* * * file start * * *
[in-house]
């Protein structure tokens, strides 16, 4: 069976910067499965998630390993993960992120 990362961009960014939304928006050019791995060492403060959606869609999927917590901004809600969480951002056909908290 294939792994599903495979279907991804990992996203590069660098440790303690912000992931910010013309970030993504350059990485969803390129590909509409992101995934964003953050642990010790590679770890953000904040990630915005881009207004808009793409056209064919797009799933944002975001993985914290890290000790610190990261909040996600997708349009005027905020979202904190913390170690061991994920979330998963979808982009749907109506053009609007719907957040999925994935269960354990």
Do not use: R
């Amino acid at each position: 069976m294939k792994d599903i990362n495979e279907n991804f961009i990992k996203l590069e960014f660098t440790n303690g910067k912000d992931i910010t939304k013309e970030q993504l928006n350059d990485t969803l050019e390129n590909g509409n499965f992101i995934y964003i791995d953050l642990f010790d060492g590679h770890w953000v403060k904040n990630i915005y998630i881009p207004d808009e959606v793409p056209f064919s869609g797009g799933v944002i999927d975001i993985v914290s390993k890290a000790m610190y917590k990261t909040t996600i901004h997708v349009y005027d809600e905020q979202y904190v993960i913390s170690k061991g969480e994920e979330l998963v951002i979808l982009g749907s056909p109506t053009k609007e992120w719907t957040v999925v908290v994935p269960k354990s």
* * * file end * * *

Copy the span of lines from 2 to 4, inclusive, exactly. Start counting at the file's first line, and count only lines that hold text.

């Protein structure tokens, strides 16, 4: 069976910067499965998630390993993960992120 990362961009960014939304928006050019791995060492403060959606869609999927917590901004809600969480951002056909908290 294939792994599903495979279907991804990992996203590069660098440790303690912000992931910010013309970030993504350059990485969803390129590909509409992101995934964003953050642990010790590679770890953000904040990630915005881009207004808009793409056209064919797009799933944002975001993985914290890290000790610190990261909040996600997708349009005027905020979202904190913390170690061991994920979330998963979808982009749907109506053009609007719907957040999925994935269960354990």
Do not use: R
């Amino acid at each position: 069976m294939k792994d599903i990362n495979e279907n991804f961009i990992k996203l590069e960014f660098t440790n303690g910067k912000d992931i910010t939304k013309e970030q993504l928006n350059d990485t969803l050019e390129n590909g509409n499965f992101i995934y964003i791995d953050l642990f010790d060492g590679h770890w953000v403060k904040n990630i915005y998630i881009p207004d808009e959606v793409p056209f064919s869609g797009g799933v944002i999927d975001i993985v914290s390993k890290a000790m610190y917590k990261t909040t996600i901004h997708v349009y005027d809600e905020q979202y904190v993960i913390s170690k061991g969480e994920e979330l998963v951002i979808l982009g749907s056909p109506t053009k609007e992120w719907t957040v999925v908290v994935p269960k354990s």